Plus ça Change?

Supporting the preservation and operation of paddle steamers Waverley and Kingswear Castle

Plus ça Change?

Browsing through old Paddle Wheels, as I often do, I came across a fascinating spat between the P & A Campbell management and the PSPS in the late 1960s and 1970s which continued after Campbells acquired Balmoral in 1969 and the PSPS, and subsequently the CCA, chartered her from time to time to do unusual things, like sailing around the Isle of Wight at the start of the season before her Bristol Channel sailings began.

This involved P & A Campbell putting themselves out to make the ship available just after her refit was completed and therefore with some things perhaps not quite in apple pie order. This led to some criticisms being made of the company and catering aboard Balmoral which reflected the difficulty of providing good meals on a ship away from her base, with limited food preparation facilities and with a seasonal crew. Of course all managements want to employ good staff but sometimes quality employees are hard to source to live aboard a ship with poor crew accommodation and sometimes you just have to make do with what you can get, with the right certificates, if the ship is to sail at all. This criticism rather nettled P & A Campbell’s Managing Director Clifton Smith-Cox who wrote to Paddle Wheels in the summer of 1976 defending his company and his ship.


Back in 1968 there were criticisms made of the Campbell management in Paddle Wheels including their views on steam versus diesel which led their Traffic Manager, Mr J H Guy to write the following letter which was published in issue 34 of Paddle Wheels in August 1968. I have replaced the PSPS member referred to with an “X”:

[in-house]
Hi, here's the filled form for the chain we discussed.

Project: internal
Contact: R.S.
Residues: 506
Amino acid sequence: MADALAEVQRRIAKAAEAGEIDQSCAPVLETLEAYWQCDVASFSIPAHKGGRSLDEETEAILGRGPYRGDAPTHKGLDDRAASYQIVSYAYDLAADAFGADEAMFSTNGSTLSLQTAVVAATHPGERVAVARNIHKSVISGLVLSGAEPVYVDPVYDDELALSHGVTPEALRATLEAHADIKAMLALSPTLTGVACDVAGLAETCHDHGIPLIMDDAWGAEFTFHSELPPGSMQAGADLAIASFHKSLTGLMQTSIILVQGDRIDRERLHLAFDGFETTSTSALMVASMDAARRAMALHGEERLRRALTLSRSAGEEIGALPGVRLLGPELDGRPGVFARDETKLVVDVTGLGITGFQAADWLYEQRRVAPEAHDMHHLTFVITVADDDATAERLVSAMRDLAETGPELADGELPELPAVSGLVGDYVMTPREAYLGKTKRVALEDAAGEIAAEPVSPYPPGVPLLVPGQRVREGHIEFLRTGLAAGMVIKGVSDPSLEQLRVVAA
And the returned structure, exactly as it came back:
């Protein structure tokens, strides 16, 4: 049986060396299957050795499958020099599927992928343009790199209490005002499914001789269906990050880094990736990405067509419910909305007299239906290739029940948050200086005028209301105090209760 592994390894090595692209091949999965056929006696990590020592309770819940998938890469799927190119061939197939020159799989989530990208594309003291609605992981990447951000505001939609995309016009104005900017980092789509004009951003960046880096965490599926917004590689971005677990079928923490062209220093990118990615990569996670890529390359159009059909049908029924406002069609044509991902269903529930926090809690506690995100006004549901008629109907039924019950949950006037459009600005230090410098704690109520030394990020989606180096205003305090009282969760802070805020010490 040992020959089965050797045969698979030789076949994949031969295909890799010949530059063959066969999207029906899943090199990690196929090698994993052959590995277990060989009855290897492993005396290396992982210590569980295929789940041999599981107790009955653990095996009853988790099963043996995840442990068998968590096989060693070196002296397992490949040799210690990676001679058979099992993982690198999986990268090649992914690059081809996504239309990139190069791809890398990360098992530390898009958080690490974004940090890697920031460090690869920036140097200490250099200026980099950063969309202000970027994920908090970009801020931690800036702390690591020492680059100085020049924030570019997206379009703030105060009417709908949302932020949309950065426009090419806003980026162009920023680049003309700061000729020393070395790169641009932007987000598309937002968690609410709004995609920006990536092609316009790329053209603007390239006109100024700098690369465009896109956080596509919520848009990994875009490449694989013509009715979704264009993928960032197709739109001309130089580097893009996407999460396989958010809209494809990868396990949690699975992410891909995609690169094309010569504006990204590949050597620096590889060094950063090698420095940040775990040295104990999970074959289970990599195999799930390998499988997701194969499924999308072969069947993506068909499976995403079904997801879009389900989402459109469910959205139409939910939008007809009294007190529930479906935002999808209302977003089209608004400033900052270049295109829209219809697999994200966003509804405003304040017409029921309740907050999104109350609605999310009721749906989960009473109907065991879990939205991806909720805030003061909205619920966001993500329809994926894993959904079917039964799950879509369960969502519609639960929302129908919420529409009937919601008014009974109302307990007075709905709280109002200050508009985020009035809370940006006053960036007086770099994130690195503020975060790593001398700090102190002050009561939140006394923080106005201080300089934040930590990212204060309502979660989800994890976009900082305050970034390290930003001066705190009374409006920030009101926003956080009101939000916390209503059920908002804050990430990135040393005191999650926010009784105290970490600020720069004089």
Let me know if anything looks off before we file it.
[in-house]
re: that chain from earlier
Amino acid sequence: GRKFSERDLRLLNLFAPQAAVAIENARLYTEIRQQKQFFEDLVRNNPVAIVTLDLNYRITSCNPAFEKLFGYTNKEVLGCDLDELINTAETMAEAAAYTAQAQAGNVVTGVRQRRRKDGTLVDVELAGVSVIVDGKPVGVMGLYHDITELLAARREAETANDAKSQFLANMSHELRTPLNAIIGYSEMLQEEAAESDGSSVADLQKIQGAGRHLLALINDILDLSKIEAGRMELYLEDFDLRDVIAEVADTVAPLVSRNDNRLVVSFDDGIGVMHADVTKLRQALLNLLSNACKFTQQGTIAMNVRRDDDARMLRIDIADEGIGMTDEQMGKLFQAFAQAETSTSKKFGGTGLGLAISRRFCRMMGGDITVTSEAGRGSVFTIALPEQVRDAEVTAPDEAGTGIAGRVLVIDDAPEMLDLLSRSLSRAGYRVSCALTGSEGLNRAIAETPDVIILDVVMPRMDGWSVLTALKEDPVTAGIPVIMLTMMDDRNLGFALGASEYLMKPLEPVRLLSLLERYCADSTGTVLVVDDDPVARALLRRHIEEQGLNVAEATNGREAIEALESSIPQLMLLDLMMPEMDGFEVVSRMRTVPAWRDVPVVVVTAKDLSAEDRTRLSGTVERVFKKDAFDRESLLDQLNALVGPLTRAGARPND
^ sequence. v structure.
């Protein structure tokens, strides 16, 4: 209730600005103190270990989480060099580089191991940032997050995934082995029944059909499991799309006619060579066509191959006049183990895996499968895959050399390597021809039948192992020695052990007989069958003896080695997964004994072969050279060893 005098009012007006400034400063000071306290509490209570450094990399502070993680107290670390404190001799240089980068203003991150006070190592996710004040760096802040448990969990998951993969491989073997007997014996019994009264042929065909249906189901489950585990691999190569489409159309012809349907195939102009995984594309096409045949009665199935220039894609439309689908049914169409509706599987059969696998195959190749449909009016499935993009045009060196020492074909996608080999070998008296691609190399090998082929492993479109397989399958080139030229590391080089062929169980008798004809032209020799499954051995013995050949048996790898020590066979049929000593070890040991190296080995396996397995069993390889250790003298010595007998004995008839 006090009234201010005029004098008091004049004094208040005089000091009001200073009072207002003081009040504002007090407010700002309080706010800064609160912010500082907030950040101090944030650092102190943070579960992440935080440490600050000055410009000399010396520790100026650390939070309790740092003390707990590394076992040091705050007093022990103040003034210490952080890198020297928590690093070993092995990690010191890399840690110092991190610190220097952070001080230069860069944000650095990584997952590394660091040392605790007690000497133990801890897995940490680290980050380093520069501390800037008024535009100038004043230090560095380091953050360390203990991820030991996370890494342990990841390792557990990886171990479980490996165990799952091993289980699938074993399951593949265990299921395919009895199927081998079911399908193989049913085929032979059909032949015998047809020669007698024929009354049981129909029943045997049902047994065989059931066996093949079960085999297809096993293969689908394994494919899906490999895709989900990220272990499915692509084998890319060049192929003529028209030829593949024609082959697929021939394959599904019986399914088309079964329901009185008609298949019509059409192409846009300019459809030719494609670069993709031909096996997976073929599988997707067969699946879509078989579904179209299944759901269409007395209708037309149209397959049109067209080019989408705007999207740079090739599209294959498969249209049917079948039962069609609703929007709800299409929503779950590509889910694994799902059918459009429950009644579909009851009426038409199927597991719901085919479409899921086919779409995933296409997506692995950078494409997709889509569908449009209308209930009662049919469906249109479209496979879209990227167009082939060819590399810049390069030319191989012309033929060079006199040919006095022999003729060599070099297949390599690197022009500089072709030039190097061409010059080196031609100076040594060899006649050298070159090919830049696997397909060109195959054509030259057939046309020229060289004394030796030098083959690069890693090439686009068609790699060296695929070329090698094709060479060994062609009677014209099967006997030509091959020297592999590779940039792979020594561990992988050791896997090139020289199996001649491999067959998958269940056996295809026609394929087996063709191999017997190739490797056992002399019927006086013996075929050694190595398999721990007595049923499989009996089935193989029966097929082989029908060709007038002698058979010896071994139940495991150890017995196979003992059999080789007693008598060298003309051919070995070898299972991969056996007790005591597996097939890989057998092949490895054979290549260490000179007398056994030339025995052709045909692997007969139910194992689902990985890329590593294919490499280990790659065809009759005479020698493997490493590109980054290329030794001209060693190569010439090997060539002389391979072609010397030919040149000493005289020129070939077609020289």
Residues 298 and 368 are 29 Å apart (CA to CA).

I read with interest one letter and one article in your May journal.

The letter was from Mr X regarding the relative costs of diesel and steam driven vessels. I was quite entertained by Mr X’s observation that our managing director (Clifton Smith-Cox) was talking pure nonsense. If such is the case I feel it a great tragedy that this particular industry of running passenger ships has not had the benefit of Mr X’s experience in an executive capacity in recent years. No doubt if he has the knowledge which he appears to claim this would have been invaluable and one or more Companies who do not now run passenger ships might well have been still doing so.

I of course inevitably read your Journal with great interest but am sometimes tempted to wonder whether some of your correspondents who appear to know all the answers think that everybody in the industry is crackers.

J H Guy
Traffic Manager P & A Campbell August 1968